1881 William Wheatley from South Shields docked in Forfar on the “Iron King” – no indication as to whether he was a relative)


William Wheatley (1796)  married Ann Williams (1795)  and worked as a Thames waterman.
Their niece, Sarah Williams (1809) married James Barlow (Limehouse 1798),
In 1827  James’s cousin,  Charlotte Barlow(1810), married Thomas William Wheatley (1804)  

So we have three families, Wheatley,  Williams and Barlow all living in the London docks in the period between 1827 and1841, and  each married into the others

William Thomas Wheatley and Charlotte dont feature anywhere in the 1841 census, neither England nor Scotland.  I suspect this is becasue they were on board ship.  Their first son George was probably born in London in 1833  though on some census returns he gave various locations on the south coast.
Charlotte and William Wheatley appear to have had a a taste for exotic names, and although George had escaped lightly the next three boys were to be named after the biblical characters Shadrach, Meshach and Abednego, but in reverse order !

George was probably born in London in 1833
Sophia Ann – born 1835, died 1863
Abednego was born 1838
Mesach  born London 1839
Charlotte was born in 1846 (2)
Shadrach born 1843 in Fording bridge near Southampton

William Wheatley, and later his sons, went to sea at a time when Great Britain was the workshop of the world and all trade was conducted by sea. They were not deep sea sailors, but coastal carriers who knew their way around the coasts of Britain, from Poole in Dorset where agricultural produce was loaded to the teeming London docks and from there up to Sunderland for coal, or to the East coast of Scotland where textile mills buzzed beside fast flowing streams.
By 1851 the family had relocated to Angus in Scotland.  It may have been that life on board ship was just not practical with four children.
  In 1868  William Wheatley– died . His final address was given as 196 Overgate .

The oldest son, George Wheatley (b1833)  had  joined the Royal Navy to fight in the Crimean War which began in 1853.

The Battle of the Alma was a “soldiers battle”. It was not won by clever tactics but by the solid dogged tenacity of the British troops. The army been landed from ships but needed to make their way in land. Their Russian opponents commanded the high ground which overlooked them.

On 20th September 1854 the British had to fight their way up a steep slope under fire. In an incident symptomatic of the poor command which characterised the Crimean War, the main army never arrived, and it was the British advance guard, the skirmish line, which fought their way up those hills, taking terrible casualties but eventually winning through to the top.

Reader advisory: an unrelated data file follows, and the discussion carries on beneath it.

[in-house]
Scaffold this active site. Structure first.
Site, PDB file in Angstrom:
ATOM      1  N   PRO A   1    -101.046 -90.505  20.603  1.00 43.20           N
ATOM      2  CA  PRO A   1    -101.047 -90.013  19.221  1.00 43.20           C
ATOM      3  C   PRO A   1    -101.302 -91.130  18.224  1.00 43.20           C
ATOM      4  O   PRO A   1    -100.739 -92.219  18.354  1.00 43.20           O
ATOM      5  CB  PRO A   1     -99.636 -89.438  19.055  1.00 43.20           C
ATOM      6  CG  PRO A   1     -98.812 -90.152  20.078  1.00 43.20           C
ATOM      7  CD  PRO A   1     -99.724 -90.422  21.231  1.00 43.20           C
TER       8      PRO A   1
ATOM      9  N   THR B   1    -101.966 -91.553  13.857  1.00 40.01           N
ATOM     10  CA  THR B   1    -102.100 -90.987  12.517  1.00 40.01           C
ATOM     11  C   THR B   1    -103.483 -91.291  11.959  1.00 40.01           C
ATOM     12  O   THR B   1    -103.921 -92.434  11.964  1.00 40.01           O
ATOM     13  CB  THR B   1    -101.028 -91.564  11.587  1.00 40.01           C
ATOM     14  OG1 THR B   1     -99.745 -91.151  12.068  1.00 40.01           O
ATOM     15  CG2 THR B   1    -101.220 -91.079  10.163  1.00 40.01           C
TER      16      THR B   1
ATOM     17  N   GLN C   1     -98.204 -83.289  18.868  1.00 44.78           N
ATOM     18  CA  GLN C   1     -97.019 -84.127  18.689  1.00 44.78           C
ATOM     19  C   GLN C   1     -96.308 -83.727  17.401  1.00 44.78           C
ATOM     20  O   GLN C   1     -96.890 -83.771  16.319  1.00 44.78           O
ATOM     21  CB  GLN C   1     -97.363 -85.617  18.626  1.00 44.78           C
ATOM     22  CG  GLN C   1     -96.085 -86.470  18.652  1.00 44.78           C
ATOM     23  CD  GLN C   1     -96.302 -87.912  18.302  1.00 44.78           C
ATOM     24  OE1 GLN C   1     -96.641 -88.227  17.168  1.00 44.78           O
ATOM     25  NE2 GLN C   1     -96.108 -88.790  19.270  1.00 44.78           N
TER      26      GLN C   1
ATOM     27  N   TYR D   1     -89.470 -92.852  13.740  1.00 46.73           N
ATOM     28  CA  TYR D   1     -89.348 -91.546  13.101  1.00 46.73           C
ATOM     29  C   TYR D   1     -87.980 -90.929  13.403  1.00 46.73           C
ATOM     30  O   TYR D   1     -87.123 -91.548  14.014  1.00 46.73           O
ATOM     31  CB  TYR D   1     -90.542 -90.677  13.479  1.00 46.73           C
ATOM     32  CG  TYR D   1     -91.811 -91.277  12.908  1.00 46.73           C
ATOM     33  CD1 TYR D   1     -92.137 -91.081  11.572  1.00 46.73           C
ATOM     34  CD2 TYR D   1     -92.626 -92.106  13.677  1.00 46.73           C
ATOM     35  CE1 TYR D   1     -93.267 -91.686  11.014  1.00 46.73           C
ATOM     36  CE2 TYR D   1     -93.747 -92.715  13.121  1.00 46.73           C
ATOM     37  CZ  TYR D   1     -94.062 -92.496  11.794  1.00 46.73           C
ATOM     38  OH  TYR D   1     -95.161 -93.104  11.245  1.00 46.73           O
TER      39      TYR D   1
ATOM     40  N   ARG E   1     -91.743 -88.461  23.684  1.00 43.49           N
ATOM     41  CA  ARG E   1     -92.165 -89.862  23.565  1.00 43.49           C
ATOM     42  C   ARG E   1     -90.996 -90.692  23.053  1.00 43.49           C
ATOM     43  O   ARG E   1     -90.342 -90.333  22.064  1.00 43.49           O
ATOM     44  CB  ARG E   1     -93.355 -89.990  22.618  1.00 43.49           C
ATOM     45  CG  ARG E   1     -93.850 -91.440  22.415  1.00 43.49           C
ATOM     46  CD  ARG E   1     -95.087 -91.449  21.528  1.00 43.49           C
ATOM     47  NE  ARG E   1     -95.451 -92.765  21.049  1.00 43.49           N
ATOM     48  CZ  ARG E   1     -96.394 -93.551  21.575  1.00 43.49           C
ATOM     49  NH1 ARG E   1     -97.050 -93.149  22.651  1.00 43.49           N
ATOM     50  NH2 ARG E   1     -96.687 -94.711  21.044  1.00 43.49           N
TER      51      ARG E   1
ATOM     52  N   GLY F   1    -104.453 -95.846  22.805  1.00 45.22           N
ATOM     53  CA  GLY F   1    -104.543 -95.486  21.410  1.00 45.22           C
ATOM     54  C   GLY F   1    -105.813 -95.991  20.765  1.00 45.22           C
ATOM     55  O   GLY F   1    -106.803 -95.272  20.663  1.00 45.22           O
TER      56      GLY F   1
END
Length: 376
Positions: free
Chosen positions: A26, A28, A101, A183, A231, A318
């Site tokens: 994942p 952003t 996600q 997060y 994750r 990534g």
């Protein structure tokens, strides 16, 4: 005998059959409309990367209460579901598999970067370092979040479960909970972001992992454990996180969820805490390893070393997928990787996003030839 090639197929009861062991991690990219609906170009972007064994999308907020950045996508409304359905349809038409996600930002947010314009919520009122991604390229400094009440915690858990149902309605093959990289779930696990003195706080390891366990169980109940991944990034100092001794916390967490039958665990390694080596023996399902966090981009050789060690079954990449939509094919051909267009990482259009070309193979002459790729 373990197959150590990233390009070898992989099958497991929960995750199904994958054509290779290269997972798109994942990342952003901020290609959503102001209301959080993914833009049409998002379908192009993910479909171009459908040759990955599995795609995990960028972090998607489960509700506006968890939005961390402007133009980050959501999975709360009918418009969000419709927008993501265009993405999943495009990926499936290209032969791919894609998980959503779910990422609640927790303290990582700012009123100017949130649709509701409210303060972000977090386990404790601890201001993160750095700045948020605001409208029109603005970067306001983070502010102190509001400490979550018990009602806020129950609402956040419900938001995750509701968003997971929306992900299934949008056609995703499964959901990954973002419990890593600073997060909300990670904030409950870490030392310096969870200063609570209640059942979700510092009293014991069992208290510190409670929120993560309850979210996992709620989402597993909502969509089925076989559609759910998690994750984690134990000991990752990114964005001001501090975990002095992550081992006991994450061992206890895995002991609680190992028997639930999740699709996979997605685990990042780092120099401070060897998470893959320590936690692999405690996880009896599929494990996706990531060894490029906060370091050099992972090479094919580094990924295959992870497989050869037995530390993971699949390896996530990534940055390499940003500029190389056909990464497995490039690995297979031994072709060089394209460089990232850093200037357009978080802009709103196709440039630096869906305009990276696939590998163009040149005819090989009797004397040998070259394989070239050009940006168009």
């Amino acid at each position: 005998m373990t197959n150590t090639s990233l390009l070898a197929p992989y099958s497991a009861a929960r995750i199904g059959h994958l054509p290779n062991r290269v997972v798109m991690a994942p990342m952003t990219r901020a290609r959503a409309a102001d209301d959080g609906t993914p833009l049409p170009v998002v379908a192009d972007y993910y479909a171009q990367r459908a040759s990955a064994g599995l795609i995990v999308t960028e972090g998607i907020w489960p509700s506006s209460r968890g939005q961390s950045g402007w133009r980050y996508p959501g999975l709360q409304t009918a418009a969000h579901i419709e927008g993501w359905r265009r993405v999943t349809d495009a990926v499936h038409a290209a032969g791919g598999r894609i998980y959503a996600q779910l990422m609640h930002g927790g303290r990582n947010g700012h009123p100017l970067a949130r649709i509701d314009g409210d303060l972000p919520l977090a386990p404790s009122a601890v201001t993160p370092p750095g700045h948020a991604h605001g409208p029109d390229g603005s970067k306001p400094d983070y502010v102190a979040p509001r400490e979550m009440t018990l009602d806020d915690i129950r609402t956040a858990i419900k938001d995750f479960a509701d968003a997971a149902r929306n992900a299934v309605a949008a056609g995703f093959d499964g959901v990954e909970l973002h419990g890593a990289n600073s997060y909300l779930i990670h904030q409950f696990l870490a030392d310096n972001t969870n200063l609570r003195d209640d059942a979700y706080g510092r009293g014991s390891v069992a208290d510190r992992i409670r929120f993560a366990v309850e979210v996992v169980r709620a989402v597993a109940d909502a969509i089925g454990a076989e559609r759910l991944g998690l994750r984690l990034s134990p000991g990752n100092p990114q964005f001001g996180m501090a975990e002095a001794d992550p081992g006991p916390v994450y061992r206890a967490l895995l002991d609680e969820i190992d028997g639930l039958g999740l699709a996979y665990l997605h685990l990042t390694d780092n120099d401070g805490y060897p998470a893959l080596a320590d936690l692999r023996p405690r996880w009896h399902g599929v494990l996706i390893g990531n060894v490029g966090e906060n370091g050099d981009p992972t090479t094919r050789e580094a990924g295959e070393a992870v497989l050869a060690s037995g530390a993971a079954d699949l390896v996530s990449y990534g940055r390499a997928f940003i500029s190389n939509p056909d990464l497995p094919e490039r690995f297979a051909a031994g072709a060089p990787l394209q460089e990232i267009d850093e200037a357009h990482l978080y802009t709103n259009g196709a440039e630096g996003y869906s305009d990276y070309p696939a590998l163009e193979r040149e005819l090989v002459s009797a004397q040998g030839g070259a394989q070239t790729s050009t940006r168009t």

Meanwhile out in the bay the Royal navy ships used their guns to provide supporting fire, starting at about noon. On board the Agamemnon a gun burst free from it’s station and crushed the leg of 21 year old George Wheatley. (or was he hit by a cannon ball) His naval career had met an abrupt end.  The list of wounded incorrectly gives his name as George Whitby.  (These records need to be checked. A local historian in Houghton le Spring claims it was not at the Alma but  14th October at the bombardment of Sevastopol)

George returned the east coast of Scotland where is father William Wheatley and his mother Charlotte now lived around Montrose. He was an energetic, charismatic character and despite his wooden leg, or perhaps because of it, he soon found a girl who would marry him.

Marriage of George Wheatley to Jane Findlay  1855
10th October 1855, George married  in Montrose Scotland – but it was a Church of England wedding. His bride was Jane Findlay, a local factory girl – a power loom weaver.  It appears that his father William had now settled down in the local community as his profession, on the wedding lines, is given as a flaxweaver.
George could perhaps be described as prolific. Some sources in County Durham suggest that he was to have 20 children from 2 different marriages. Unfortunately confusion has arisen because he had three brothers away at sea and this led to a lot of small Wheatleys in the census – but few older ones!  I estimate the real total is more like 12 , but a one legged man is somewhat limited in his choice of sports and pastimes and George quickly began to fulfil his duties a s a husband and father